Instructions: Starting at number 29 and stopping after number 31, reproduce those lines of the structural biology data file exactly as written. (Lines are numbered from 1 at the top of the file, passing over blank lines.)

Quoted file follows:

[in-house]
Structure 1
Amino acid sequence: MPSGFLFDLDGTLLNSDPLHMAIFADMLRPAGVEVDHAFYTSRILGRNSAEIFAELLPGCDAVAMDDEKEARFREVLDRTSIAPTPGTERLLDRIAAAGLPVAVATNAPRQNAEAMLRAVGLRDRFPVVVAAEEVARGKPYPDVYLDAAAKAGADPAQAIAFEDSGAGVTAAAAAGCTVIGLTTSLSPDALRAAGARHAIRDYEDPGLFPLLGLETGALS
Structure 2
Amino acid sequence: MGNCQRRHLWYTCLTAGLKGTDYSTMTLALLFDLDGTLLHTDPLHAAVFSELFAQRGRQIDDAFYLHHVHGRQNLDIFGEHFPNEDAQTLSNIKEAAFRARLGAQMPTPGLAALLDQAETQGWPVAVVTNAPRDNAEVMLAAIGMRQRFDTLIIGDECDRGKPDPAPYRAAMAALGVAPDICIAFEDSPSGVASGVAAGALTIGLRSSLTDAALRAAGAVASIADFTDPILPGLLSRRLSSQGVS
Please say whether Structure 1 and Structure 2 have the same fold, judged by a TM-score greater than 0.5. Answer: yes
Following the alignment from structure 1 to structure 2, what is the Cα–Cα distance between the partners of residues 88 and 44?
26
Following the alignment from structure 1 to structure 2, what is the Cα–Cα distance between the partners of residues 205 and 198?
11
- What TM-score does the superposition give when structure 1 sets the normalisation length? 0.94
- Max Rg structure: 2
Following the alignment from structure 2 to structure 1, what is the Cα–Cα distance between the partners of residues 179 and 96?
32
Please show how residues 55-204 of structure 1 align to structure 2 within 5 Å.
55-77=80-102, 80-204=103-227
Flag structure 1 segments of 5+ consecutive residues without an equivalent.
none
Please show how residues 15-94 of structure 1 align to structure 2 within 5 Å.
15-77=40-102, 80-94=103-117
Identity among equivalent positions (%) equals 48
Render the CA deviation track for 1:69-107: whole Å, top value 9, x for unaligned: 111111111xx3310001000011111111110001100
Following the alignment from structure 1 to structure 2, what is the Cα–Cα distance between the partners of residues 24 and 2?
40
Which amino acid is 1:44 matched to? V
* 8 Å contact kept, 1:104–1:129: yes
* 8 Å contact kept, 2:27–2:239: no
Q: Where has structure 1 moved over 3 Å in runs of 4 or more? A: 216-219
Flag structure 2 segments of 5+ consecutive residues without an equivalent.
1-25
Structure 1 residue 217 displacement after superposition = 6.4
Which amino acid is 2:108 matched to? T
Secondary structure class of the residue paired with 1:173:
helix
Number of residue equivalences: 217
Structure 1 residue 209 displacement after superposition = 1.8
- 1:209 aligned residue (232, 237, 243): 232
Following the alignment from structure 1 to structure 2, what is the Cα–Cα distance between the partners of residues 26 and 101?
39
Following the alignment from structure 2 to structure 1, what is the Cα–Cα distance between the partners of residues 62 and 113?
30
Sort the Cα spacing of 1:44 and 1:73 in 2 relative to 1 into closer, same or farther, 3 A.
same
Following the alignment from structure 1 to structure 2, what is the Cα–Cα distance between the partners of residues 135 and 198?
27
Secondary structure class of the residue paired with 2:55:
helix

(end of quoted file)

Flag structure 2 segments of 5+ consecutive residues without an equivalent.
1-25
Structure 1 residue 217 displacement after superposition = 6.4